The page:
LBNL Report Number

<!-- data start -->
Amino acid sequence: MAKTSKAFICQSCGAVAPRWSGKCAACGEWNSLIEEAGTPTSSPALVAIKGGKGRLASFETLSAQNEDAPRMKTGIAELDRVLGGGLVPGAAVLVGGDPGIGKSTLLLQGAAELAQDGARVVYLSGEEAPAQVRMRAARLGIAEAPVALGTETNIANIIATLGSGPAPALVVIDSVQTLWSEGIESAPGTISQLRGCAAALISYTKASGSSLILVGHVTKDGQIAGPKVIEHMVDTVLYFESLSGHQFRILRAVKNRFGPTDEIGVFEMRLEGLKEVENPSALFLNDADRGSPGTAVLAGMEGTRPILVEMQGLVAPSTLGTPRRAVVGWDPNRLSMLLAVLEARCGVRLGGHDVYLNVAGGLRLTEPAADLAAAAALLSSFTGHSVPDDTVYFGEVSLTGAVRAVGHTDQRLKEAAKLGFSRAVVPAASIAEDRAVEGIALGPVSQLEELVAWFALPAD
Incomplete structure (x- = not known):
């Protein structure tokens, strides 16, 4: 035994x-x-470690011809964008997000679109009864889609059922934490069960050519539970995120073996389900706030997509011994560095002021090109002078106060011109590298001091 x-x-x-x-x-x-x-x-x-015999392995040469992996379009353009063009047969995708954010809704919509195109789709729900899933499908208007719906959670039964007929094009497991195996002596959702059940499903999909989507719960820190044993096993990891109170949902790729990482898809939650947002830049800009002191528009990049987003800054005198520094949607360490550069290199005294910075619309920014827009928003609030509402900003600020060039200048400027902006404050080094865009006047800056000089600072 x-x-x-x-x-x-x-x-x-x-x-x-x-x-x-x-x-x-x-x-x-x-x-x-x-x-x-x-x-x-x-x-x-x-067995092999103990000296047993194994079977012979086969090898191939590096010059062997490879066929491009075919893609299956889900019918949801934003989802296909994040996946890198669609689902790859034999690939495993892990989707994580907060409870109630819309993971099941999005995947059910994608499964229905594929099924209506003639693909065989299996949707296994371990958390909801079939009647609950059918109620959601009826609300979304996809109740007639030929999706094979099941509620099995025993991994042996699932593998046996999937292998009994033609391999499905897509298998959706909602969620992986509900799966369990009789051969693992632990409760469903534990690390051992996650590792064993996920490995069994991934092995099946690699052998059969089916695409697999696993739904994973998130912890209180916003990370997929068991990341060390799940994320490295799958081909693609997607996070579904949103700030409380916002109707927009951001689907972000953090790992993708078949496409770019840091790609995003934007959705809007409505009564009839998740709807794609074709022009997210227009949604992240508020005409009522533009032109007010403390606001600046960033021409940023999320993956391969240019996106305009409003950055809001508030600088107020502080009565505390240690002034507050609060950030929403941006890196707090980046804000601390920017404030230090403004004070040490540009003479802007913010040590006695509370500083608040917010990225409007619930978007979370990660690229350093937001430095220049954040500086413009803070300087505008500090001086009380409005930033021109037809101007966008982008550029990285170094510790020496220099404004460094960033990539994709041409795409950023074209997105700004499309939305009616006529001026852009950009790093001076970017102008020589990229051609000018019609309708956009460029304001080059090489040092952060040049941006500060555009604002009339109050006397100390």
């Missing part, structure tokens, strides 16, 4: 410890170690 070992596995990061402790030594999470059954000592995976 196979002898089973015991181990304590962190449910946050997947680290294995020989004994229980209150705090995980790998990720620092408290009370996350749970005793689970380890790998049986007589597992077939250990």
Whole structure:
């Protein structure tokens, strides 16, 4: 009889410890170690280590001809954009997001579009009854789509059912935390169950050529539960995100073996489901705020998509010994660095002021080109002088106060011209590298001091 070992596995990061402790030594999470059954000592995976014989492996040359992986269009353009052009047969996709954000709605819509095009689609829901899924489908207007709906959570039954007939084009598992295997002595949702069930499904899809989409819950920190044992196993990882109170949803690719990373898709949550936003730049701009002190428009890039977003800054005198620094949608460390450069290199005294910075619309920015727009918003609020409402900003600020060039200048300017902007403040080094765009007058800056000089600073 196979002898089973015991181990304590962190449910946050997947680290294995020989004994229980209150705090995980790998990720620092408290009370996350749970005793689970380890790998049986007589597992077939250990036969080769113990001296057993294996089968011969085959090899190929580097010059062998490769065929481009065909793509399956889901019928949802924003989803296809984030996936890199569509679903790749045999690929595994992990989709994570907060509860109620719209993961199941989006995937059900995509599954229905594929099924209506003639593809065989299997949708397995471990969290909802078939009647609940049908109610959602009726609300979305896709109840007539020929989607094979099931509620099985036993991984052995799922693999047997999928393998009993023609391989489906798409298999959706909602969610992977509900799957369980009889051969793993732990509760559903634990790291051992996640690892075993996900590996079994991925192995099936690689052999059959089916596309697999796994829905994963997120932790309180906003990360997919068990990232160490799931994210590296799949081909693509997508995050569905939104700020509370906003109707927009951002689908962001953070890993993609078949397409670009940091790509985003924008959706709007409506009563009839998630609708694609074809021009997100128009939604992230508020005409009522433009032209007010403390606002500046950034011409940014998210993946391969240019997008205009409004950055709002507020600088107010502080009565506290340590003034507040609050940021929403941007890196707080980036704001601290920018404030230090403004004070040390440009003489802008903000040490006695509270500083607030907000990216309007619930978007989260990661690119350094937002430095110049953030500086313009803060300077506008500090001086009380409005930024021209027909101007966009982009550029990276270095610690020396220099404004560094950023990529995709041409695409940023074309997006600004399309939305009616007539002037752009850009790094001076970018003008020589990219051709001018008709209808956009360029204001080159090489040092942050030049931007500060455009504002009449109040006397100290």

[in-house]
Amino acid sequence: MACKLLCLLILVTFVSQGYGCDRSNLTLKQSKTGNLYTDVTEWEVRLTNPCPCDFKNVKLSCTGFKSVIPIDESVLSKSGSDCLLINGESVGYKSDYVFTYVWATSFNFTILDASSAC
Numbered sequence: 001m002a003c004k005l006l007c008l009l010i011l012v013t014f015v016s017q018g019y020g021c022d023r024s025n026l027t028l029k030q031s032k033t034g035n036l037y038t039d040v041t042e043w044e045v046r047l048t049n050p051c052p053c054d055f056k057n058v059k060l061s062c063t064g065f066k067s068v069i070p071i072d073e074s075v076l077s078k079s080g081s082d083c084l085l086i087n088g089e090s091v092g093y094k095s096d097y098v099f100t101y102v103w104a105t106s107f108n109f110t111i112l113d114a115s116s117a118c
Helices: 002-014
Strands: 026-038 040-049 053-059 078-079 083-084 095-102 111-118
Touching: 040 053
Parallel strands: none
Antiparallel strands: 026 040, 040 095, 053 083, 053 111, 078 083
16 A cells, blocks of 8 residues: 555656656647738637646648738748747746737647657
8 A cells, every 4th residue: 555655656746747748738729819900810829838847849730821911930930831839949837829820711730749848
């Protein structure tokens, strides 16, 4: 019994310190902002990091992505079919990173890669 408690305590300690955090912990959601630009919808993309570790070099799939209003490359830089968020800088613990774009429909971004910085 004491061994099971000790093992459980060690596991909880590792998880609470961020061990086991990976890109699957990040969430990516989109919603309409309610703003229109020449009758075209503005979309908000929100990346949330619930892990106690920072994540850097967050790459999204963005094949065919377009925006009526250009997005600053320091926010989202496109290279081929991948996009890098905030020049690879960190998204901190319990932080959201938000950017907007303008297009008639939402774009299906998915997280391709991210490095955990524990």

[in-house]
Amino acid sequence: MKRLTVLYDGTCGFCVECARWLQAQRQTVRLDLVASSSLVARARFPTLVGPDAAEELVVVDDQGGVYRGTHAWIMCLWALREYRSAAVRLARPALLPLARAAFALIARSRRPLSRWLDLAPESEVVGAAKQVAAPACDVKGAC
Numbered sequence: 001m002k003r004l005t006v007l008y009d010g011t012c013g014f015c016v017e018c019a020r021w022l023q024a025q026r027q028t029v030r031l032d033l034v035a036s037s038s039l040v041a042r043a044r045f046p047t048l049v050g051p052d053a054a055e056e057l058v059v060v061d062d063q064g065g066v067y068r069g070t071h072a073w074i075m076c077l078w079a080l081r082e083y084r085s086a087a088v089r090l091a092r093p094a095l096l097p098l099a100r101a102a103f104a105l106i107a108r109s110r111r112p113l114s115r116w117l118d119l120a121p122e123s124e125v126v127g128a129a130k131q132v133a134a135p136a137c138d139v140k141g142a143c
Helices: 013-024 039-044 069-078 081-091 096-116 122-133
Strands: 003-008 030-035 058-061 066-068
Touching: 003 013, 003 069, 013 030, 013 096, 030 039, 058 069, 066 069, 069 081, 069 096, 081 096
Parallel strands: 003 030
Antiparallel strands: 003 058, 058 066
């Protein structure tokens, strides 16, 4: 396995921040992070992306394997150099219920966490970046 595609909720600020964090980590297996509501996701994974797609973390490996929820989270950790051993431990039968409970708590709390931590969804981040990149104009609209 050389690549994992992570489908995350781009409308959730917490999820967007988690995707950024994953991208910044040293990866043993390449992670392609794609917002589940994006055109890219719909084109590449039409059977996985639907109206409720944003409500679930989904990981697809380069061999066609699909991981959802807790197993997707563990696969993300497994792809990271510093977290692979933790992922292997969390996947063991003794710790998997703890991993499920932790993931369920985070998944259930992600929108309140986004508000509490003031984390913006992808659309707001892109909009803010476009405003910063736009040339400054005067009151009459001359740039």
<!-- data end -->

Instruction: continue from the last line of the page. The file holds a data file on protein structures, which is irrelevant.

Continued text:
A laboratory-based study of the performance of a floor-based task ventilation system designed for use in office buildings has been completed. With the task ventilation system, occupants can adjust the flow rate and direction of air supplied to their work space through floor-mounted supply grilles. Air exits the ventilated space through a ceiling-mounted return grille. To study indoor airflow patterns, the age of air at multiple indoor locations was measured using the tracer gas step-up procedure. To study the intra-room transport of tobacco smoke particles, cigarettes were smoked mechanically in one workstation and particle concentrations were measured at multiple indoor locations. Test variables included supply flow rates, temperatures, supply directions, and internal heat loads. Multiple floor supply units were in operation simultaneously. During all tests, the ventilation system supplied 100% outside air. Our major findings are as follows. (1) Deviations from a uniform age of air, and a uniform particle concentration, were generally less than 30%. (2) With two floor-supply units operating and supply air directed toward the occupant, the age of air in the breathing zone was about 20–40% less than the age of air that would occur in the room if the air was perfectly mixed. (3) With two floor-supply units operating, the air appears to travel from the floor to the ceiling in a piston-like flow pattern. (4) With three floor-supply units operating, a two-zone flow pattern, with a piston-like flow in the lower region of the room and mixing in the upper region, was evident at some operating conditions. (5) A strong (r2 = 0.81) correlation was found between the rate of change in the average age of air with height and two factors hypothesized to be determinants of the indoor airflow pattern. (6) Workstations without a cigarette smoking machine and with an operating task ventilation system were not significantly protected from tobacco smoke in an adjacent workstation.